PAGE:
David: The problem with Woodley is that he’s a pure counterstriker in a wrestle-boxer’s body. His instincts are fine, but they’re guiding him through a rubik’s cube of mayhem and meat. I’ve mentioned before that I think Woodley’s penchant for getting stuck on the cage is a feature of his drawing opponents into exchanges rather than a bug. It doesn’t work as well as Woodley thinks it does, and it does…kind of…work. Right? I’m not just seeing things. Woodley doesn’t have the ability counter at the center of the cage. Getting “stuck” allows him to keep the fight contained with pockets of surface area rather than a whole octagon. At his best he’s a one punch threat in the blink of an eye. Frankly, that’s pretty much it. Which is why I believe his habit of backing up and cutting off the cage is a deliberate, if awkward tactic.
Phil: If Woodley has pared down his game, then it’s hard to even think of a word for what Maia has done. Like Woodley, he went through a few evolutions, and yet what has come out the end is honed to a fine razors edge. Remember when he was striking, the so-called K1 Maia? I may be in a minority, but I feel like this was a pretty good idea. It allowed him a fresh look at the fundamentals of striking, and allowed him to blend its footwork into his wrestling game. His pressure footwork is quite brilliant, and he’s often able to force opponents to the fence without throwing a single strike.
He’s fallen in love with the art of wrestling. Like Khabib, part of his innovation has been taking power off his initial shot and instead focusing on pure speed to ensure that he gets a hold of the leg or the hips, before moving into single and double-leg chains, or even pulling guard into a half-guard sweep. On the ground, he’s similarly used the the knowledge of multiple options to inform the construction of an approach which is terrifying in its simplicity. Pin, tripod, pass, take the back, choke.
David: Bingo. One of the things that doomed Ronda Rousey, besides Edmond, was her wrestling. She had a classic grappler’s approach to snagging takedowns – learn to strike to close the distance, say a prayer, and hope you’re in the clinch or on the ground. Wrestling was always the key, and Rousey has since paid for that in brutal high res images of her getting knocked the hell out. Maia understood what was lacking.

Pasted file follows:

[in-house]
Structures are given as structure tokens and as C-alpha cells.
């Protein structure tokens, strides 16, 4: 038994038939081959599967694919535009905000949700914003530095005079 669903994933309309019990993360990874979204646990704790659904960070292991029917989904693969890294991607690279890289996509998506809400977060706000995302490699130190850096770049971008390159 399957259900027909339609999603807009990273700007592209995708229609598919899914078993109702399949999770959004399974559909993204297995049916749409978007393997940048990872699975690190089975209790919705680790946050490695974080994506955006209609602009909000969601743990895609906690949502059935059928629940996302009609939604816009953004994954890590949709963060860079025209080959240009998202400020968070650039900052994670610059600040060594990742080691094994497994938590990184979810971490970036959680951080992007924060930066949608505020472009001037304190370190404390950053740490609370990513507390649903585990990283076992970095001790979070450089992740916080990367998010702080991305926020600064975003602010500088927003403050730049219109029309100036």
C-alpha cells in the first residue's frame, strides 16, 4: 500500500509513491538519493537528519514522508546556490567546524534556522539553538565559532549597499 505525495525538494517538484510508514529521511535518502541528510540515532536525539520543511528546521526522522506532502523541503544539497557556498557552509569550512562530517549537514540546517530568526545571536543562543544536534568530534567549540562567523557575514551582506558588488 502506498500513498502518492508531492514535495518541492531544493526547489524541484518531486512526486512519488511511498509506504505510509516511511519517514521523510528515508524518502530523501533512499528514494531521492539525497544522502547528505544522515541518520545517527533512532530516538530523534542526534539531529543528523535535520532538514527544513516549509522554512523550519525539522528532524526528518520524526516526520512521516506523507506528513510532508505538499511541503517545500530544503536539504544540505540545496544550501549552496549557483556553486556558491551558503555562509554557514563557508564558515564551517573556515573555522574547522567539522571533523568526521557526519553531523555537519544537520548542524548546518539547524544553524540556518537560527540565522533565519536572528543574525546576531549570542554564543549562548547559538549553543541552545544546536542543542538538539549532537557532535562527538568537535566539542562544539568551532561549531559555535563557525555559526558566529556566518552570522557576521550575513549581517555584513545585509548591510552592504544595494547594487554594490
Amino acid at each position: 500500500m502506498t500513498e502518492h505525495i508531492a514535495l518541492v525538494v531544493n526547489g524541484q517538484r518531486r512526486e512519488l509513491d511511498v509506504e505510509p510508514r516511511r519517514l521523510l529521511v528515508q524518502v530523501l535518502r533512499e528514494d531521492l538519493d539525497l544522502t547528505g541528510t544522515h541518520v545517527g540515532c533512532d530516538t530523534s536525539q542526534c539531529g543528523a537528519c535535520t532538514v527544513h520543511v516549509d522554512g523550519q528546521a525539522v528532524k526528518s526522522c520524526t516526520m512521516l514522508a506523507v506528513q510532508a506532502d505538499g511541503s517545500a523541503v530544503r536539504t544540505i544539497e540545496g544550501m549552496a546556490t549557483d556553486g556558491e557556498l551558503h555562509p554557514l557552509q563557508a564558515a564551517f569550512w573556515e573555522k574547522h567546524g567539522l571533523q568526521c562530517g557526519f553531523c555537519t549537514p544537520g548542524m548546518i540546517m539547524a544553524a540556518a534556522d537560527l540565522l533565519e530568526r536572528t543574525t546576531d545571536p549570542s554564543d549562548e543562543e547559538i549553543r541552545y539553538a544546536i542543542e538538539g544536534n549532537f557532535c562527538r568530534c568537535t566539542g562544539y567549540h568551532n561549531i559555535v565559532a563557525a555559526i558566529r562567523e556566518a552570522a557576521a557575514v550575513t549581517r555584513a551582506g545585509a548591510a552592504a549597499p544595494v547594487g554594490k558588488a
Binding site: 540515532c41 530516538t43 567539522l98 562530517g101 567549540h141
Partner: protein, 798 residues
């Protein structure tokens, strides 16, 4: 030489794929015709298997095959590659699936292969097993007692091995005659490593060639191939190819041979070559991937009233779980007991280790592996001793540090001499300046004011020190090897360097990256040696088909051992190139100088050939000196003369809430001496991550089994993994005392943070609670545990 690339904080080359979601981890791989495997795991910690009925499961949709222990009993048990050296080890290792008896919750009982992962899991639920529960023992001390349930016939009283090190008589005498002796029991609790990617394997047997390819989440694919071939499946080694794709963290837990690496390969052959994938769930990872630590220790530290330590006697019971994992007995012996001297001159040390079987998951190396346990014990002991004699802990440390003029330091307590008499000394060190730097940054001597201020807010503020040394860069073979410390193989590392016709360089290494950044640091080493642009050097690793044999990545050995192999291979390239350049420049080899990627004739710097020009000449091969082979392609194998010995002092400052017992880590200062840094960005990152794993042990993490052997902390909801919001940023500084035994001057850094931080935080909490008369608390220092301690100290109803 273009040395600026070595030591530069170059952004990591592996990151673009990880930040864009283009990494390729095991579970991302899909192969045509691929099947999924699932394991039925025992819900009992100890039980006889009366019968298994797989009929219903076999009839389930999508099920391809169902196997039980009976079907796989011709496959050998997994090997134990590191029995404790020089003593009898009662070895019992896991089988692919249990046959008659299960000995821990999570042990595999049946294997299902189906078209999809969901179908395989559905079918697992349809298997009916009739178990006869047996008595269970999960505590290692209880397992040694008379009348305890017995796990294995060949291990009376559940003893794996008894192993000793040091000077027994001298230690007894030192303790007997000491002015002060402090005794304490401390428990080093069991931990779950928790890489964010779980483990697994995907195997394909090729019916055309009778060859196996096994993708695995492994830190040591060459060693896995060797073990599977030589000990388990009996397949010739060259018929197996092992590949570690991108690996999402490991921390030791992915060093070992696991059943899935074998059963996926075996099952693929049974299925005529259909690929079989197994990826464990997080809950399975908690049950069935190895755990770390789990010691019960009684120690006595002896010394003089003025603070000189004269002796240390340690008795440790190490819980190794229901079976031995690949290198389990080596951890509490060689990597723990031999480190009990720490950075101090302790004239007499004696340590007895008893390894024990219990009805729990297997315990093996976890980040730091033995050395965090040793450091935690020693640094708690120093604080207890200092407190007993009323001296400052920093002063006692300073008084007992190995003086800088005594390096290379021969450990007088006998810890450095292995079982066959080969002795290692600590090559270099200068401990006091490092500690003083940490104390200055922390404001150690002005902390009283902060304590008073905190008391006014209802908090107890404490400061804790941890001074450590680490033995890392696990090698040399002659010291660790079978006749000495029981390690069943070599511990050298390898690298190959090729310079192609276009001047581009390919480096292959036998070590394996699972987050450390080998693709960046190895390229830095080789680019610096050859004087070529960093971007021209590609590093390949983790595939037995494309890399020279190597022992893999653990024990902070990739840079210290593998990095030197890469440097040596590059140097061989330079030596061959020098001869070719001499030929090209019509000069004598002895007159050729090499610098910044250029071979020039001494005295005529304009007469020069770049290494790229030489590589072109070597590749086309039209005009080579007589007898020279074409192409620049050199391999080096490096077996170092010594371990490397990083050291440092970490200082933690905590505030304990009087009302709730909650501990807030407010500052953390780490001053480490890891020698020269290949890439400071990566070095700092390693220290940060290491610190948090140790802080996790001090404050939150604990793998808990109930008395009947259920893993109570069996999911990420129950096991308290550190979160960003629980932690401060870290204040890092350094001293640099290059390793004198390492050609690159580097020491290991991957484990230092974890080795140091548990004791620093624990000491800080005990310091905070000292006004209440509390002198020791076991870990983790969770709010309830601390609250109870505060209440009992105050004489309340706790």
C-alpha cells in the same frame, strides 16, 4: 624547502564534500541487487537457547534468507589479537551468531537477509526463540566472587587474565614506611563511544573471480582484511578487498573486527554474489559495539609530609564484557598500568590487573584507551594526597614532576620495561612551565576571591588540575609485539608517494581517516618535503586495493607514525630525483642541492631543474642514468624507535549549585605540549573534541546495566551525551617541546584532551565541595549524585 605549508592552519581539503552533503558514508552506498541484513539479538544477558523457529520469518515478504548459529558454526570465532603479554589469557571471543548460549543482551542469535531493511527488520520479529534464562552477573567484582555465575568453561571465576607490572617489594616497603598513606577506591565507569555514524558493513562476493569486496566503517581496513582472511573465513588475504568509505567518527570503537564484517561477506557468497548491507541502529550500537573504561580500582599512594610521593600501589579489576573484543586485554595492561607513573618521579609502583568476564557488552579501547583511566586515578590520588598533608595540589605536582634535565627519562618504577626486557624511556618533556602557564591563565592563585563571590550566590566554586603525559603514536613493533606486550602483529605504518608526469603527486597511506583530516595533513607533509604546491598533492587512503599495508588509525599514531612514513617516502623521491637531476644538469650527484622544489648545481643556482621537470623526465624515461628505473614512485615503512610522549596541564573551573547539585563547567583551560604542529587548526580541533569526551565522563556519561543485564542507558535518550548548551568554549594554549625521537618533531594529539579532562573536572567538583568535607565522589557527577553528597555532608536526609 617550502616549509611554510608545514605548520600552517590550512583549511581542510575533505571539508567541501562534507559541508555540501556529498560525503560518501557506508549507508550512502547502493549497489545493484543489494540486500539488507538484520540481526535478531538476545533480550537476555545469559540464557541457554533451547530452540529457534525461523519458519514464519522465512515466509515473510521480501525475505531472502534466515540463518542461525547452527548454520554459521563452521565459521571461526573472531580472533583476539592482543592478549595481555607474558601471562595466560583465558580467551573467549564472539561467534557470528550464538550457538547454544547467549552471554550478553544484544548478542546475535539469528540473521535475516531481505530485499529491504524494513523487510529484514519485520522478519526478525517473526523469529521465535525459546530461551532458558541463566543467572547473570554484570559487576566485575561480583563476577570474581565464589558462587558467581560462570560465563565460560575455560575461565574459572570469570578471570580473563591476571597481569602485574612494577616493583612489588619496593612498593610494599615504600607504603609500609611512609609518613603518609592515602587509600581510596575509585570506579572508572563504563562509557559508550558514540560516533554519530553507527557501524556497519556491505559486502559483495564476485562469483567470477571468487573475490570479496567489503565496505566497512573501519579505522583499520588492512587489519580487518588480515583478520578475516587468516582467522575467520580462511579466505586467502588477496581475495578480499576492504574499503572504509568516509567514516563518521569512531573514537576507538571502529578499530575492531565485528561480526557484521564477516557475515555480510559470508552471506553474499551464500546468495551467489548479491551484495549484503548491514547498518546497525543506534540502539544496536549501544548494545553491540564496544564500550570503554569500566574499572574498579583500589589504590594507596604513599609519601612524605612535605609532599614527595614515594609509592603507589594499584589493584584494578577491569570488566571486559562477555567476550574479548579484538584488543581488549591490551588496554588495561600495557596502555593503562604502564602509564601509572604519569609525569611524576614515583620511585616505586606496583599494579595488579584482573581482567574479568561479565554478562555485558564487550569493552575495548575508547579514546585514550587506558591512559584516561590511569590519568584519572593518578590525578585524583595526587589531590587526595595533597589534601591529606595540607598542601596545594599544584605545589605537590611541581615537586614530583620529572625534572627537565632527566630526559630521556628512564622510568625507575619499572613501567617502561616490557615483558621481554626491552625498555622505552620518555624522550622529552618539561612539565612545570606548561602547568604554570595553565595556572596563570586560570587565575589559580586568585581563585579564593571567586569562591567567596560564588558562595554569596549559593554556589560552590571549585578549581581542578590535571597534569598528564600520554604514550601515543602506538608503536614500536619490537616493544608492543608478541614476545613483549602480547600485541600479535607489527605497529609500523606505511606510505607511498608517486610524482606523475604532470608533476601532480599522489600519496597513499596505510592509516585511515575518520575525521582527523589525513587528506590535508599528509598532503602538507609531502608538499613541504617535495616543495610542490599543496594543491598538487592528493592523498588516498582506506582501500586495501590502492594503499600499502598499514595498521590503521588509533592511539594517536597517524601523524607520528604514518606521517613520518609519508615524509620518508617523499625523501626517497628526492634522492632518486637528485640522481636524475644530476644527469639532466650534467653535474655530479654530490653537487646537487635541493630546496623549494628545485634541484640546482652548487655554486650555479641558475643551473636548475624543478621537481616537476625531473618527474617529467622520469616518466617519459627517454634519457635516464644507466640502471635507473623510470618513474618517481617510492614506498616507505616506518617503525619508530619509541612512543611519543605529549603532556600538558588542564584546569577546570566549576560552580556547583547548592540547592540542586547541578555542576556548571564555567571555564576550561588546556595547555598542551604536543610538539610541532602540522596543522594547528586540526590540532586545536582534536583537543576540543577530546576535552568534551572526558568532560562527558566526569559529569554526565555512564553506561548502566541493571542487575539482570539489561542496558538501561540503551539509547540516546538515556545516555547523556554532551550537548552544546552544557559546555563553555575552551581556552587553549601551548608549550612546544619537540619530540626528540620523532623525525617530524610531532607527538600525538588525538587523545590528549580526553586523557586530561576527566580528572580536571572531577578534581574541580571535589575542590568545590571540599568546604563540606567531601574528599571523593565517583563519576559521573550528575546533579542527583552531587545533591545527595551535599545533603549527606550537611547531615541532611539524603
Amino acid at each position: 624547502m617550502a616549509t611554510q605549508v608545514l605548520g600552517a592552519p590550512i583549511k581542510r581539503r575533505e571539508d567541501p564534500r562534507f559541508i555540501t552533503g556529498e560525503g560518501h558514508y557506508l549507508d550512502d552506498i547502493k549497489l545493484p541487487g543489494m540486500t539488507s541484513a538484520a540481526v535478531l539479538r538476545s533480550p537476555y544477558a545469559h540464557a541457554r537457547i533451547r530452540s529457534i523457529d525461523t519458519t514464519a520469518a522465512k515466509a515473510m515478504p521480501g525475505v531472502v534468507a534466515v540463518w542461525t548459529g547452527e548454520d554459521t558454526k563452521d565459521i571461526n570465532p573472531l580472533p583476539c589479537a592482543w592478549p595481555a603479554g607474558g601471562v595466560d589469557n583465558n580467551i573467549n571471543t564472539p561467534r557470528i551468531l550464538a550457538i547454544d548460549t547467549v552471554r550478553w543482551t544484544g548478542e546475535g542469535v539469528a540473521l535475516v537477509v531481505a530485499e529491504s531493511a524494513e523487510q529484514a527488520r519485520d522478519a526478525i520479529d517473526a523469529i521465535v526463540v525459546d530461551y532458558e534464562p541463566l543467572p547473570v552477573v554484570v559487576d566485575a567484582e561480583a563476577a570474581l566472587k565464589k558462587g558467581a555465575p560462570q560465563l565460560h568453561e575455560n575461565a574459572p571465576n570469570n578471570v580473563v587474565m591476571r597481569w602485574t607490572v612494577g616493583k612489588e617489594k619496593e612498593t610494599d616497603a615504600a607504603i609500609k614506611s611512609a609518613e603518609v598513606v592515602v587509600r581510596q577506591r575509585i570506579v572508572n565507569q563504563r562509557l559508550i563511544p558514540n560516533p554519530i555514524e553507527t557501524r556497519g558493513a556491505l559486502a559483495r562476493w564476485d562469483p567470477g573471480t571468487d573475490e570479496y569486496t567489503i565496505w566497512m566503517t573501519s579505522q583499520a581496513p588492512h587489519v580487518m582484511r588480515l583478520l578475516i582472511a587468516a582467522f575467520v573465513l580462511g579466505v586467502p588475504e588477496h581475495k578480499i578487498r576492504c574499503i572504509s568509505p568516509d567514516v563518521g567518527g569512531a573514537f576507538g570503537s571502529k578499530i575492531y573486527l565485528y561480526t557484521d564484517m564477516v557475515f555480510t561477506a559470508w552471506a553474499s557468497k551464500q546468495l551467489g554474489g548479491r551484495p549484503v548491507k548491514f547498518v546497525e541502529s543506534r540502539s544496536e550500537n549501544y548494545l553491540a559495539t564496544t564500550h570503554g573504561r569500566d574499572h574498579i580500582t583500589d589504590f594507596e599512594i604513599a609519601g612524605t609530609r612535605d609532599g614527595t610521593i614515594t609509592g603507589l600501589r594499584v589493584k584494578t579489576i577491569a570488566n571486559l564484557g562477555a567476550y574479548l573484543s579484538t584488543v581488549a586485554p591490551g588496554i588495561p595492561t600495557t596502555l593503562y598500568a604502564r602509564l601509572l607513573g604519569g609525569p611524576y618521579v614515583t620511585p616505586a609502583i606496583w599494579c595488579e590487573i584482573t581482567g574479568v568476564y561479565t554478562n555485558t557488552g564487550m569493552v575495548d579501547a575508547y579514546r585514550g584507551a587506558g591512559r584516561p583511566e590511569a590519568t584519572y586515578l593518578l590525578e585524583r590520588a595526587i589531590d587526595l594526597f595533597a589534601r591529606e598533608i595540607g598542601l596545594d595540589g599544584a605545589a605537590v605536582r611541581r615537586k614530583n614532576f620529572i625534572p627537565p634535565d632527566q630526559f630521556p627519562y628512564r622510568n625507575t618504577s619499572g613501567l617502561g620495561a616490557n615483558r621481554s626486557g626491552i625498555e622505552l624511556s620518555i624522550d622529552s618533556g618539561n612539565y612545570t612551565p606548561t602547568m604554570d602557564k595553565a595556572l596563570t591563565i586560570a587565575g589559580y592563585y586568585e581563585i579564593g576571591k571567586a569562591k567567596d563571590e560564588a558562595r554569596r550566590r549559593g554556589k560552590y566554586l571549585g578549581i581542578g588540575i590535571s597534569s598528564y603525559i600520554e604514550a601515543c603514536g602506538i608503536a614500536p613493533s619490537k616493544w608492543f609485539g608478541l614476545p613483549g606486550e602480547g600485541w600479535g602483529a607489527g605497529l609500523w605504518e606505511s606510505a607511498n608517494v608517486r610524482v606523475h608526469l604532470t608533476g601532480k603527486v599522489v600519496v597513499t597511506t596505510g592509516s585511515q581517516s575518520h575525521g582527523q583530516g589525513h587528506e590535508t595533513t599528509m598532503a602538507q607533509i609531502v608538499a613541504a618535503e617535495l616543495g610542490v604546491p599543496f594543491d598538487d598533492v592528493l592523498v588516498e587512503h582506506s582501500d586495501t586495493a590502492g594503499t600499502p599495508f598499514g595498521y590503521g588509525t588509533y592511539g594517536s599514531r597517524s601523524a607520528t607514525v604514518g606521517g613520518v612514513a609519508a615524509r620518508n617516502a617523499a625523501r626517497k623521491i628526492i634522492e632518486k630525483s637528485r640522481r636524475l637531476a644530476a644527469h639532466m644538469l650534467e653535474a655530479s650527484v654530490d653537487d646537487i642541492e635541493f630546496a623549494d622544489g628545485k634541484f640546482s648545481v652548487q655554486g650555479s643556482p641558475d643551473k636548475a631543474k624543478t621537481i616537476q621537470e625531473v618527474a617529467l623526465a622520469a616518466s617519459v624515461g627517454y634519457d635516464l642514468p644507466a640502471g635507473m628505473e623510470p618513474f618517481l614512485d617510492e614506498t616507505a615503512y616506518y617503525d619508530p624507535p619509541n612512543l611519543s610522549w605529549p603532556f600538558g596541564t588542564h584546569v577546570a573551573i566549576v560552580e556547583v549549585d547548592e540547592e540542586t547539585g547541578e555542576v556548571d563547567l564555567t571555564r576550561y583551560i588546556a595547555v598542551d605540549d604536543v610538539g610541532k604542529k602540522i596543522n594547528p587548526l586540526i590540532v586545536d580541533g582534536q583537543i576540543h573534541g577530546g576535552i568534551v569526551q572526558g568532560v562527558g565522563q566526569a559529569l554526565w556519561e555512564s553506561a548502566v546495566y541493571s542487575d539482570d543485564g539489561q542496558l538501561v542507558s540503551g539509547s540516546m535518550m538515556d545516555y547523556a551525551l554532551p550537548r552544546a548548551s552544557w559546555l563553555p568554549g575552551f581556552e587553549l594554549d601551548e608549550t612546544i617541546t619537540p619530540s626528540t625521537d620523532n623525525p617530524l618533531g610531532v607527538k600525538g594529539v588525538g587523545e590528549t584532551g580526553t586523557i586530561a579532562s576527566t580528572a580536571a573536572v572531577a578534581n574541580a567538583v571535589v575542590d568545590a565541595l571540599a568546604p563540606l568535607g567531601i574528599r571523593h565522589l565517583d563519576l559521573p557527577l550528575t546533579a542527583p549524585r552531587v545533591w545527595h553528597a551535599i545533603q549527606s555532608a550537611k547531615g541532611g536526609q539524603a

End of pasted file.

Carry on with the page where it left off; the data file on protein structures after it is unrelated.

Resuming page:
His ability to marry wrestling with grappling has led to fighter aware of his strengths, knowing them, refining them, and living or dying with that. So many fighters trade in new wrinkles and nuances to their defined strengths for improvements of mediocre skillsets. But not Maia. Although yea, he tried it. Perhaps the most underrated part of Maia’s game has been active improvement in his grappling (!). Before he’d abandon his art in service of resetting. Now he’s not looking to reset. Maia treats fighting the way grapplers do flow drills, and that rhythm has become more nestled in his game. Maia is rarely looking to reset, opting for one long chain of pressure, no matter how subtle.
Insight from past fights
Phil: One thing which surprised me about the Wonderboy fights is, as mentioned, how much Woodley’s ground and pound has improved. Specifically, how Woodley simply crushed Wonderboy from the half-guard with elbows. Interestingly enough, this is something that his teammate Masvidal also had a lot of success with. Although Woodley is quite risk-averse, I’m interested to see if he has enough confidence in his hips to try to hurt Maia if he tries his half-guard trickery.
David: Maia’s style, and this might just be me, is taxing on the cardio by nature. He doesn’t have a cardio problem. But I think he does have a cardio issue. It’s the kind of thing that would happen in a fight between gods and men; the men gasping for air just to keep the fighting level. Maia is smarter than the gods, which is how he wins. But he seemed more exhausted than Masvidal, and I do wonder if that could become a factor against Woodley down the stretch.
Phil: Maia was offered a shorter camp than usual for this fight, and probably realized that this was his only chance. Other than that, I can’t think of much, aside from that general nagging feeling that Woodley often hampers himself by getting in his own head, and makes fights harder than they should be.
David: True. But Woodley has some clear paths to victory here. The only issue here is having the octagon spontaneously combust.
Phil: Woodley’s tendency to put himself up against the cage plays into Maia’s pressure wrestling game, but little about the rest of his game does. Jake Shields was unable to budge his hips, and I think even if he plays a very cautious, risk-averse game that Maia will simply exhaust himself trying to get something to work against him. Tyron Woodley by unanimous decision.
David: I’m tempted to pick Maia. I think he’ll have more problems avoiding the ground, like Sonnen, than one would assume. But even in a ground exchange I don’t see Woodley ending up on his back. And on the feet, he just needs one shot. And Maia hasn’t fought a lot of fighters who needed just one heater. Maia won’t be doing cartwheels, but he will be seeing stars. Tyron Woodley by KO, round 4.